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Otto OLSSON (1879-1964)
Symphony in G minor, Op.11 (1901/02) [57:20]
Gävleborg Symphony Orchestra/Mats Liljefors
rec. 1996, Ljusgården, Polhemsskolan, Gävle, Sweden
World Premiere Recording
STERLING CDS1020-2 [57:20]

What a find! Until this summer I’d never heard of Otto Olsson. Then a friend played me the Adagio of this four-movement Symphony and I was hooked. The slow movement lasts for just over 23 minutes, which may seem lengthy, but such is the captivating quality of the music I didn’t want it to end. I’m pleased to have the opportunity now to review Olsson’s one and only symphony and, hopefully, spread the good news.

The composer is mainly remembered for his choral and organ music. Indeed, still to this day on the First Sunday of Advent his choral piece ‘Advent’ is sung in Swedish churches, and his Six Latin Hymns remain a firm favorite with native choirs. His organ works are frequently programmed by Sweden’s organists. Olsson was a renowned concert organist, and held a post at the Gustaf Vasa Church in Stockholm. He also taught harmony and organ performance at the Royal Conservatory in the city for a number of years. As a composer, he was versatile, and his works also include a Requiem, Te Deum and three string quartets.

The Symphony in G minor was Olsson’s first orchestral work and, regrettably, his only symphony. You’d never guess by the quality, but it’s a student work, penned when he was only 23, between 1901-1902. I’ve read that he was interviewed late on in life and had apparently forgotten about it. It was discovered in a drawer after his death. Although the first movement was performed in a student concert in 1902, it languished in obscurity for 77 years until it was broadcast on radio by the Swedish Radio Symphony Orchestra directed by Stig Westerberg in 1979. This is the world premiere recording from May 1996. Olsson’s music is steeped in late Romanticism. It’s firmly tonal, yet gilded with lush harmonic richness. The Symphony reveals a skillful young hand at orchestration and counterpoint.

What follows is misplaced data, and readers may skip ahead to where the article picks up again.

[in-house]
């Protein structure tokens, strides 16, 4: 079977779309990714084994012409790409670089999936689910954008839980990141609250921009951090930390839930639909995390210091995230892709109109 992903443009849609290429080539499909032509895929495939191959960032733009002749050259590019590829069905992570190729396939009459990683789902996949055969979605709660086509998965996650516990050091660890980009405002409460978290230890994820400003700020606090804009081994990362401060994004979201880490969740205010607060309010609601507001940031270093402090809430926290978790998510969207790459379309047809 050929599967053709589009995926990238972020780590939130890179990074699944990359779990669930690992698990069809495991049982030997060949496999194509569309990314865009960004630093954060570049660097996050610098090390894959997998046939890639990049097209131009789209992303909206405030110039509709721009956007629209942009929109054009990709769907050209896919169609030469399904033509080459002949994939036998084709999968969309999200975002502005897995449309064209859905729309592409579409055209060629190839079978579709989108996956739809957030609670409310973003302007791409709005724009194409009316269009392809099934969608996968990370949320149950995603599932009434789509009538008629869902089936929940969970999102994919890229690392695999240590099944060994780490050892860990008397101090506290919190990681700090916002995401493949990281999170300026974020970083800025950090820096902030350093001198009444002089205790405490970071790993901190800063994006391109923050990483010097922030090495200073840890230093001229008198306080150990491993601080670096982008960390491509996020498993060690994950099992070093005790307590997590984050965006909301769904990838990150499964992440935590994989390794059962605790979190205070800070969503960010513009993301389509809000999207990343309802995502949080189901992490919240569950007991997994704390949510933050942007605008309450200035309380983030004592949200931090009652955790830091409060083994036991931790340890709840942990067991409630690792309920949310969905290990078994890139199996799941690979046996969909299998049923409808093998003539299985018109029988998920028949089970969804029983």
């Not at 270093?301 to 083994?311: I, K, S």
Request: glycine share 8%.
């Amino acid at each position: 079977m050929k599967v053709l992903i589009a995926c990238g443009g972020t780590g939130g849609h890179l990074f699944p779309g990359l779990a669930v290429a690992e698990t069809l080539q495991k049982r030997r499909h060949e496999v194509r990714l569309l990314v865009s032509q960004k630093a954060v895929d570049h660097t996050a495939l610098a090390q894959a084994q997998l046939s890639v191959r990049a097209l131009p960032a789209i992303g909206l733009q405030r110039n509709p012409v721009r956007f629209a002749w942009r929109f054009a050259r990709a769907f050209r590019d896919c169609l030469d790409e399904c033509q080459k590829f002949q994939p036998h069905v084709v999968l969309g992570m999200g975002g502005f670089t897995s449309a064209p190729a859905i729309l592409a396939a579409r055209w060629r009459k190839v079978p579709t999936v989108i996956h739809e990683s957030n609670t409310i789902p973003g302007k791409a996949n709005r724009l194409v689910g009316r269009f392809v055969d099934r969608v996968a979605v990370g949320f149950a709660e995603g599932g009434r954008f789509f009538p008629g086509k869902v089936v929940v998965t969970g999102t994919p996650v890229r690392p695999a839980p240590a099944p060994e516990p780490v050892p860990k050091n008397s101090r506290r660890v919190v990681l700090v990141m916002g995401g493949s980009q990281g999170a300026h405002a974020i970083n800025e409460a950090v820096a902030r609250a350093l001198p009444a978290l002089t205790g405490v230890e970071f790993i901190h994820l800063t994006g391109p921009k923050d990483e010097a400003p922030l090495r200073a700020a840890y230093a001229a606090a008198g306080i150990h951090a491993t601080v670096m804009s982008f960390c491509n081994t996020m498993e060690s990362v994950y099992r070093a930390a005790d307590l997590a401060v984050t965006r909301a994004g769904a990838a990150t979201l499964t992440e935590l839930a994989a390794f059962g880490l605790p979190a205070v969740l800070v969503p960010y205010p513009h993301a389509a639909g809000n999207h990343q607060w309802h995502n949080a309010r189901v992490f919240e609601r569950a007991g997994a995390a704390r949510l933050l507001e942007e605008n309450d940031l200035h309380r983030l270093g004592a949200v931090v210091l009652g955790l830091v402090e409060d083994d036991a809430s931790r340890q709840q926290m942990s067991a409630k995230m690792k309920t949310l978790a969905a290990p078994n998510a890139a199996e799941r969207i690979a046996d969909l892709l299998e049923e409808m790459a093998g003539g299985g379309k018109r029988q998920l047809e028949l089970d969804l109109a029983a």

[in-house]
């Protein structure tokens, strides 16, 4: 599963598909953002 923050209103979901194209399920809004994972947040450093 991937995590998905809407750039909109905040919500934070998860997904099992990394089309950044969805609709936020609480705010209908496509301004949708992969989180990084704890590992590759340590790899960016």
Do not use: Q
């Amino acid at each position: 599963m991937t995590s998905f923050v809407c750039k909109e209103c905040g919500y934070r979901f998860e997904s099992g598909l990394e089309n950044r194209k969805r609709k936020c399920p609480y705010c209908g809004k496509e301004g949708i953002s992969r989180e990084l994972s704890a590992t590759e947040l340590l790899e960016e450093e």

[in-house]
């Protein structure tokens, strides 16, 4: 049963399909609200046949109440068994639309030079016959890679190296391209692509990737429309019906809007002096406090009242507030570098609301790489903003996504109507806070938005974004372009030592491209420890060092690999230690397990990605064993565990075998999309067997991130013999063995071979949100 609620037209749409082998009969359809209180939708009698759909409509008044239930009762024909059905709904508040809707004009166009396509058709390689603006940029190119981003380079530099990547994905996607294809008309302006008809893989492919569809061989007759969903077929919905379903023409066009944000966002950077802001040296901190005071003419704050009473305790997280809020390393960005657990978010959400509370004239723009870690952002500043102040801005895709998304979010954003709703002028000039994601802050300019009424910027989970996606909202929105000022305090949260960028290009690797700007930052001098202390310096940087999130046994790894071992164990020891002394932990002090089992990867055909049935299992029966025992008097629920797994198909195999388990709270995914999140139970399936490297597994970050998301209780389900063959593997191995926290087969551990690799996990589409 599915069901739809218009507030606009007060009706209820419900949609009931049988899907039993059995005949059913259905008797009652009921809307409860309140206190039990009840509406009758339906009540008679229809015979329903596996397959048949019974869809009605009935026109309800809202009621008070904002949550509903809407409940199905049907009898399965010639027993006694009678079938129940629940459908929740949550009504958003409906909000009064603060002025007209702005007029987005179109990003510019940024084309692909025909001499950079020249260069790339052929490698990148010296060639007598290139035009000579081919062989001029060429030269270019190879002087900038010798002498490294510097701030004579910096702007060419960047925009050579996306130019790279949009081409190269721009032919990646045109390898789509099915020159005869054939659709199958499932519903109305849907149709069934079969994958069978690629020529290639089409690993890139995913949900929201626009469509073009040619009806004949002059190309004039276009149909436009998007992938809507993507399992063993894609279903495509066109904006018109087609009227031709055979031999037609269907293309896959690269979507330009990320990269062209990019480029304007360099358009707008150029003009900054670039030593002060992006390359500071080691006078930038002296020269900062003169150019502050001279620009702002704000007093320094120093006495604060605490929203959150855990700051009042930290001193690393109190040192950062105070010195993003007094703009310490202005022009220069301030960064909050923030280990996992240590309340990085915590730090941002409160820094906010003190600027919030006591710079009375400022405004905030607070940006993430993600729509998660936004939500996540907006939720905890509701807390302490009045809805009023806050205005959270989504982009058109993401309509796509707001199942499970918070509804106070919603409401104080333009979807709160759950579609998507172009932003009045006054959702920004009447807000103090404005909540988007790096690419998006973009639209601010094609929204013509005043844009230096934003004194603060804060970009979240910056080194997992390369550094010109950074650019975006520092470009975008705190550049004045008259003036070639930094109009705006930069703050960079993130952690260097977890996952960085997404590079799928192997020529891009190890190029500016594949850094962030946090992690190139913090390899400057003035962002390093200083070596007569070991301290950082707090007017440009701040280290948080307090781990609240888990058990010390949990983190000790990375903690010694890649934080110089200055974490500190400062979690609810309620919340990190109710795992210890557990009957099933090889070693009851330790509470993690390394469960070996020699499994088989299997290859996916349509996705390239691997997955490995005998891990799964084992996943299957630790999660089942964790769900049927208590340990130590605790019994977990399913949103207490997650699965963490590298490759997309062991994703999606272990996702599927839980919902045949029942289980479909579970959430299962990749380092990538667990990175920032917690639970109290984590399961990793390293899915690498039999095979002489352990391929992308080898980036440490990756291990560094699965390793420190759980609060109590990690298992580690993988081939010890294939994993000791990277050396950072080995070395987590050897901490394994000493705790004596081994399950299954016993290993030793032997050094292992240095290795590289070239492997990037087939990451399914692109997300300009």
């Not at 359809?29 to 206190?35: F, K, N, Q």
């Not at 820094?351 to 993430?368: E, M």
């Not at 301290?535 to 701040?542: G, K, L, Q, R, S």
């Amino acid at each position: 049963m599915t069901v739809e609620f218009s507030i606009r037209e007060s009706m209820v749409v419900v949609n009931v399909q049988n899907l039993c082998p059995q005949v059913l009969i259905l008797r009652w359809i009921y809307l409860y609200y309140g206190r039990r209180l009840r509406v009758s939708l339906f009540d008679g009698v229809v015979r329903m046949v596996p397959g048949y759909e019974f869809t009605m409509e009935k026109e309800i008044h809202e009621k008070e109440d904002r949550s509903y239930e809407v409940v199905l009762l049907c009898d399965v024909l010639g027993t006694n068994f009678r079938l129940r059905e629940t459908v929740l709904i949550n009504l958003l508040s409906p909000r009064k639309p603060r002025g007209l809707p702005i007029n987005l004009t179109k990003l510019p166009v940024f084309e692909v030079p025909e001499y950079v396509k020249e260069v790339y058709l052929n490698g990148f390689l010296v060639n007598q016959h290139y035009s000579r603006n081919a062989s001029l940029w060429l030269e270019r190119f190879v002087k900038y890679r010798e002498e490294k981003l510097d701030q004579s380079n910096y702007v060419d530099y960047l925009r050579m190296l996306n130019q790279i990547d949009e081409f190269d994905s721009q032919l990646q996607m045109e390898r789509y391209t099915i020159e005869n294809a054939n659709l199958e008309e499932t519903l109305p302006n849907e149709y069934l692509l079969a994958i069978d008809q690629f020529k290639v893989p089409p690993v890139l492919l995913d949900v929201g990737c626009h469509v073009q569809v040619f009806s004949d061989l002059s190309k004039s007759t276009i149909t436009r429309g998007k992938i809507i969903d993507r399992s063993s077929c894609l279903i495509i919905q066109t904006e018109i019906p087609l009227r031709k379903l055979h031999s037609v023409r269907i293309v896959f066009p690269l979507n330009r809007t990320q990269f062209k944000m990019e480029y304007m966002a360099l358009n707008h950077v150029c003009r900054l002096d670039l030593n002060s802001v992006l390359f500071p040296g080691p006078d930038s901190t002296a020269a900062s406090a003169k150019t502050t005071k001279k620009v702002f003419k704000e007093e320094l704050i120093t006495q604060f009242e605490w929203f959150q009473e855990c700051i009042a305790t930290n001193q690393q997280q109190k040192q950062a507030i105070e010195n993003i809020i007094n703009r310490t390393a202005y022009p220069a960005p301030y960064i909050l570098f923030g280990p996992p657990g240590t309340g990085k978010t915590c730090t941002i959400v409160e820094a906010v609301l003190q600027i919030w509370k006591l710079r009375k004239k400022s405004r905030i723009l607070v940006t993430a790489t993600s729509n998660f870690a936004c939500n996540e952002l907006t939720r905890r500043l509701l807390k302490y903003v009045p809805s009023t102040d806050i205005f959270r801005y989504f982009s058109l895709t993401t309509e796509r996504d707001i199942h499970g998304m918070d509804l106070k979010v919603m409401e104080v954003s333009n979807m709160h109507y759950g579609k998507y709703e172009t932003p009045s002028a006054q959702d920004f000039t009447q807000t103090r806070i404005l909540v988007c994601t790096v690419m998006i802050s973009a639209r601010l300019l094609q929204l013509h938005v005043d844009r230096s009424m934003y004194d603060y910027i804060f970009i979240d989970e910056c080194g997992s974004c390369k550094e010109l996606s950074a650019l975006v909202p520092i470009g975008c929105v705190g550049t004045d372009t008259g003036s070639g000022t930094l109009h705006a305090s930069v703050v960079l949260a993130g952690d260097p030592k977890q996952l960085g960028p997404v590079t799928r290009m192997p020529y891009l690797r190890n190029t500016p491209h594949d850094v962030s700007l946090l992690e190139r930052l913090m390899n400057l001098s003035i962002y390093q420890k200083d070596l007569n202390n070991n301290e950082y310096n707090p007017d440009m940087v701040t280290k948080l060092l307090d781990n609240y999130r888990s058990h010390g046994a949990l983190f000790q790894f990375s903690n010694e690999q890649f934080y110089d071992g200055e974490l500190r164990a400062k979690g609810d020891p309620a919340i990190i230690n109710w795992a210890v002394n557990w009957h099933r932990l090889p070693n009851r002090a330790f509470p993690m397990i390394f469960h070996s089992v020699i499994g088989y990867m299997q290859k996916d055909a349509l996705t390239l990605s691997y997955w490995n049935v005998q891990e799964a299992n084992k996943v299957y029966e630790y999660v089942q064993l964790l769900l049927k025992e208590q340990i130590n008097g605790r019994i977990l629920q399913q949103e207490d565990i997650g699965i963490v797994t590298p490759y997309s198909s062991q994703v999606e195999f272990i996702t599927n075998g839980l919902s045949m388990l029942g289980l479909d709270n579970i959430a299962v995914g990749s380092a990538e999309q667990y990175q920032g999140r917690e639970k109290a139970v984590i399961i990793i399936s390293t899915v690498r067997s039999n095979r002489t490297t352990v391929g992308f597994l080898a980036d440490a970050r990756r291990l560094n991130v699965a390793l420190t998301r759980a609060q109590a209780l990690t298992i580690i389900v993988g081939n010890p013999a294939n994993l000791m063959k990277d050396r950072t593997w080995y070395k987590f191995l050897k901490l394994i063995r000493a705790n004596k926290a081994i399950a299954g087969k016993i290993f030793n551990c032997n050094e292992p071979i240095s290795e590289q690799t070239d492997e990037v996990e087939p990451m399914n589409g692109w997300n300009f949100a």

Three declamatory chords usher in the opening movement. A gentle, rolling theme unfolds, and Ollson’s melodic gifts are there for all to hear. As far as influences are concerned, I hear fleeting glimpses of Mendelssohn in the movement’s youthful freshness. The Scherzo, which follows, is lithe and nimble, with fugal elements thrown in for good measure.

As a lover of Bruckner slow movements, Olsson’s broad, spacious and romantic Adagio is a revelation. You can just sit back and let the lyrical outpourings bathe you. Having returned to it many times, each occasion leaves me wishing that it would never end. Here, it’s elegantly managed and ravishingly played. The Presto finale begins with a busy fugue on the strings. Other instrumental sections join the fray, including a captivating bassoon solo. Later the brass enter with a more martial theme. Everything is effervescent and upbeat. At the end, Olsson signs off with a jubilant coda.

The Gävleborg Symphony Orchestra under Mats Liljefors give a convincing performance. Why Olsson never made a return visit to the symphonic genre we’ll never know. Yet, one thing’s for certain, this is a work that deserves a wider currency. It’s been my best discovery this year – sheer luxury from beginning to end.

Stephen Greenbank

Previous review: Jonathan Woolf

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